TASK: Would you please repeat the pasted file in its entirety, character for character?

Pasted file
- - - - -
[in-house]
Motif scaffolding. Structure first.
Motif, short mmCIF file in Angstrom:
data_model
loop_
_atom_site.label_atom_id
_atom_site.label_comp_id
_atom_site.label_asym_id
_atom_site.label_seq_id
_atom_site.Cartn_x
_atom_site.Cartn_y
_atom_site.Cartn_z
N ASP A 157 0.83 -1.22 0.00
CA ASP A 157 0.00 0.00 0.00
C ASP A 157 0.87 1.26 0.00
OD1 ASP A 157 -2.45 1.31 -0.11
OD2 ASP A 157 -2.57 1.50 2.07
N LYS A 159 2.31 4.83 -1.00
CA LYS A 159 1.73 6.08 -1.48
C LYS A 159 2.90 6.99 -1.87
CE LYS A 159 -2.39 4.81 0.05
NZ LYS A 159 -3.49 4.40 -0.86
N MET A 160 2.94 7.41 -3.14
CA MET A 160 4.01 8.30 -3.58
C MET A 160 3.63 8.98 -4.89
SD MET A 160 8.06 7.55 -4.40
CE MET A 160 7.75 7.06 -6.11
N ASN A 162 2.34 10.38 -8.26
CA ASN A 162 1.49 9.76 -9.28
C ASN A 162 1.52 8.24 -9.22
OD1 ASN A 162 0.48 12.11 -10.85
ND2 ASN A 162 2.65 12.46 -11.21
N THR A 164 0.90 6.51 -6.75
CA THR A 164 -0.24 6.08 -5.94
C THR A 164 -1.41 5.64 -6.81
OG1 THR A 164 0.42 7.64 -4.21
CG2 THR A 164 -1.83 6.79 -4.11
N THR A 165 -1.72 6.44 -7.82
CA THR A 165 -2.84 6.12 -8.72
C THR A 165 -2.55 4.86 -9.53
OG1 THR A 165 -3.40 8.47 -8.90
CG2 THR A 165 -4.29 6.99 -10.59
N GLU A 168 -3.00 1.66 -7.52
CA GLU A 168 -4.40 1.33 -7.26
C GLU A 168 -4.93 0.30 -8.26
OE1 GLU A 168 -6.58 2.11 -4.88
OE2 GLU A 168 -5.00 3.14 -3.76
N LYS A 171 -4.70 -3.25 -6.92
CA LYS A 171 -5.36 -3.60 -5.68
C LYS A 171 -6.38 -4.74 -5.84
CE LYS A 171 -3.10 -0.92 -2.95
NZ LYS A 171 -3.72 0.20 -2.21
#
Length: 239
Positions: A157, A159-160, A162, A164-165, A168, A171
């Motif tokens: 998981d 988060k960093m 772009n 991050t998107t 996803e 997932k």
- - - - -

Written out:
[in-house]
Motif scaffolding. Structure first.
Motif, short mmCIF file in Angstrom:
data_model
loop_
_atom_site.label_atom_id
_atom_site.label_comp_id
_atom_site.label_asym_id
_atom_site.label_seq_id
_atom_site.Cartn_x
_atom_site.Cartn_y
_atom_site.Cartn_z
N ASP A 157 0.83 -1.22 0.00
CA ASP A 157 0.00 0.00 0.00
C ASP A 157 0.87 1.26 0.00
OD1 ASP A 157 -2.45 1.31 -0.11
OD2 ASP A 157 -2.57 1.50 2.07
N LYS A 159 2.31 4.83 -1.00
CA LYS A 159 1.73 6.08 -1.48
C LYS A 159 2.90 6.99 -1.87
CE LYS A 159 -2.39 4.81 0.05
NZ LYS A 159 -3.49 4.40 -0.86
N MET A 160 2.94 7.41 -3.14
CA MET A 160 4.01 8.30 -3.58
C MET A 160 3.63 8.98 -4.89
SD MET A 160 8.06 7.55 -4.40
CE MET A 160 7.75 7.06 -6.11
N ASN A 162 2.34 10.38 -8.26
CA ASN A 162 1.49 9.76 -9.28
C ASN A 162 1.52 8.24 -9.22
OD1 ASN A 162 0.48 12.11 -10.85
ND2 ASN A 162 2.65 12.46 -11.21
N THR A 164 0.90 6.51 -6.75
CA THR A 164 -0.24 6.08 -5.94
C THR A 164 -1.41 5.64 -6.81
OG1 THR A 164 0.42 7.64 -4.21
CG2 THR A 164 -1.83 6.79 -4.11
N THR A 165 -1.72 6.44 -7.82
CA THR A 165 -2.84 6.12 -8.72
C THR A 165 -2.55 4.86 -9.53
OG1 THR A 165 -3.40 8.47 -8.90
CG2 THR A 165 -4.29 6.99 -10.59
N GLU A 168 -3.00 1.66 -7.52
CA GLU A 168 -4.40 1.33 -7.26
C GLU A 168 -4.93 0.30 -8.26
OE1 GLU A 168 -6.58 2.11 -4.88
OE2 GLU A 168 -5.00 3.14 -3.76
N LYS A 171 -4.70 -3.25 -6.92
CA LYS A 171 -5.36 -3.60 -5.68
C LYS A 171 -6.38 -4.74 -5.84
CE LYS A 171 -3.10 -0.92 -2.95
NZ LYS A 171 -3.72 0.20 -2.21
#
Length: 239
Positions: A157, A159-160, A162, A164-165, A168, A171
């Motif tokens: 998981d 988060k960093m 772009n 991050t998107t 996803e 997932k």